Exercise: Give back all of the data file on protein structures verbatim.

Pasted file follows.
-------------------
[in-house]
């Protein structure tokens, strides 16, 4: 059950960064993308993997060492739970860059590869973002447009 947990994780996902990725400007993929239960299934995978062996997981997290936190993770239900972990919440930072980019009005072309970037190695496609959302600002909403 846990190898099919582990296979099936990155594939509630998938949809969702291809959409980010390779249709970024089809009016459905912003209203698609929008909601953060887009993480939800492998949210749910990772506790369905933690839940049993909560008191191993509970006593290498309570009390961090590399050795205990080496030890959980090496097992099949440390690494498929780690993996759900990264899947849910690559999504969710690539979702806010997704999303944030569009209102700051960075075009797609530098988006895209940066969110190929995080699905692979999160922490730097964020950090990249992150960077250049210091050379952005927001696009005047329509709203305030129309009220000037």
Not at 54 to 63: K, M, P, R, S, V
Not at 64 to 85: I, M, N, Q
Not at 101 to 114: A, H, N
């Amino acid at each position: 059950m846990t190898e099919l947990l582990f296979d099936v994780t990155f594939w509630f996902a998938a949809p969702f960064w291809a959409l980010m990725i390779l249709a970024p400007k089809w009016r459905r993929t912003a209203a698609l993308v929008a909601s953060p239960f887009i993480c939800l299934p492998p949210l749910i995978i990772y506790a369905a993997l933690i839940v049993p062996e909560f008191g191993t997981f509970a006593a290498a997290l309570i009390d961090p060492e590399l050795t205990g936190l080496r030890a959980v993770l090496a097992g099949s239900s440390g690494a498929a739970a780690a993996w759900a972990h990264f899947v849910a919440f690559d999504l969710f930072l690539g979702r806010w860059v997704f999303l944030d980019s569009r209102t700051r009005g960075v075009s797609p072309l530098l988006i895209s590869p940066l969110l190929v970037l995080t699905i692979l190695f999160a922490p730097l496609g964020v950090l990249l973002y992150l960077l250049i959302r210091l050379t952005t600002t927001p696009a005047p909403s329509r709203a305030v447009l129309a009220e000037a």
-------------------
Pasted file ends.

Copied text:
[in-house]
């Protein structure tokens, strides 16, 4: 059950960064993308993997060492739970860059590869973002447009 947990994780996902990725400007993929239960299934995978062996997981997290936190993770239900972990919440930072980019009005072309970037190695496609959302600002909403 846990190898099919582990296979099936990155594939509630998938949809969702291809959409980010390779249709970024089809009016459905912003209203698609929008909601953060887009993480939800492998949210749910990772506790369905933690839940049993909560008191191993509970006593290498309570009390961090590399050795205990080496030890959980090496097992099949440390690494498929780690993996759900990264899947849910690559999504969710690539979702806010997704999303944030569009209102700051960075075009797609530098988006895209940066969110190929995080699905692979999160922490730097964020950090990249992150960077250049210091050379952005927001696009005047329509709203305030129309009220000037």
Not at 54 to 63: K, M, P, R, S, V
Not at 64 to 85: I, M, N, Q
Not at 101 to 114: A, H, N
């Amino acid at each position: 059950m846990t190898e099919l947990l582990f296979d099936v994780t990155f594939w509630f996902a998938a949809p969702f960064w291809a959409l980010m990725i390779l249709a970024p400007k089809w009016r459905r993929t912003a209203a698609l993308v929008a909601s953060p239960f887009i993480c939800l299934p492998p949210l749910i995978i990772y506790a369905a993997l933690i839940v049993p062996e909560f008191g191993t997981f509970a006593a290498a997290l309570i009390d961090p060492e590399l050795t205990g936190l080496r030890a959980v993770l090496a097992g099949s239900s440390g690494a498929a739970a780690a993996w759900a972990h990264f899947v849910a919440f690559d999504l969710f930072l690539g979702r806010w860059v997704f999303l944030d980019s569009r209102t700051r009005g960075v075009s797609p072309l530098l988006i895209s590869p940066l969110l190929v970037l995080t699905i692979l190695f999160a922490p730097l496609g964020v950090l990249l973002y992150l960077l250049i959302r210091l050379t952005t600002t927001p696009a005047p909403s329509r709203a305030v447009l129309a009220e000037a």